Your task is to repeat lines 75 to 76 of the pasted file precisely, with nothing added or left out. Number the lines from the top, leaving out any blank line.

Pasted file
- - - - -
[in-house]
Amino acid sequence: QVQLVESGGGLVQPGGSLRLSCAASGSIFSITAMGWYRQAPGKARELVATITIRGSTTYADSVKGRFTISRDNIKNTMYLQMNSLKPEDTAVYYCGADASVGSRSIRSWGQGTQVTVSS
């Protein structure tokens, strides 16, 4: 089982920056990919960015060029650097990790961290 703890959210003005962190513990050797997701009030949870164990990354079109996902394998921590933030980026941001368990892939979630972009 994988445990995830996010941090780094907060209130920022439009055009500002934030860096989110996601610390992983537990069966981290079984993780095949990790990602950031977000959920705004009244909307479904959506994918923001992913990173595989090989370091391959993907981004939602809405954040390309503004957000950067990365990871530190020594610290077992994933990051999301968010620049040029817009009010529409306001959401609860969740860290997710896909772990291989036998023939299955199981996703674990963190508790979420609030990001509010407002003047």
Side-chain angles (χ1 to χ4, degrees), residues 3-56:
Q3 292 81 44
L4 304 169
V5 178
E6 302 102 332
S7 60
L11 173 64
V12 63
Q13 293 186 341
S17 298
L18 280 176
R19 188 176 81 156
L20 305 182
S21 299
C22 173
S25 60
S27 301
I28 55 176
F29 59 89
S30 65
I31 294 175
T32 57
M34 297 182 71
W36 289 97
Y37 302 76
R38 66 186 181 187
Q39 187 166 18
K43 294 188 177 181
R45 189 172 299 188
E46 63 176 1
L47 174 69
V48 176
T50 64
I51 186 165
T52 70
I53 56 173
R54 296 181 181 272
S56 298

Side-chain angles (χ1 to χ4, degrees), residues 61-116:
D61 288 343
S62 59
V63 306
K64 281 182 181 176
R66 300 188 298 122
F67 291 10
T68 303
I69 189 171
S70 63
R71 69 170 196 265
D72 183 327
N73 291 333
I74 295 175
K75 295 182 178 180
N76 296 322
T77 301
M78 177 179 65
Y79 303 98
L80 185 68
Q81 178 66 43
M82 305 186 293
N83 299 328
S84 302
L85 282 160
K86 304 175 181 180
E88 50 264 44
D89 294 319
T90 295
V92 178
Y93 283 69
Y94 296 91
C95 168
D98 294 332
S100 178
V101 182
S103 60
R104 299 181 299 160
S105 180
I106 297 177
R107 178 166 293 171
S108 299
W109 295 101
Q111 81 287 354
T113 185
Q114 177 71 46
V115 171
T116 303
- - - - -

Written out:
D98 294 332
S100 178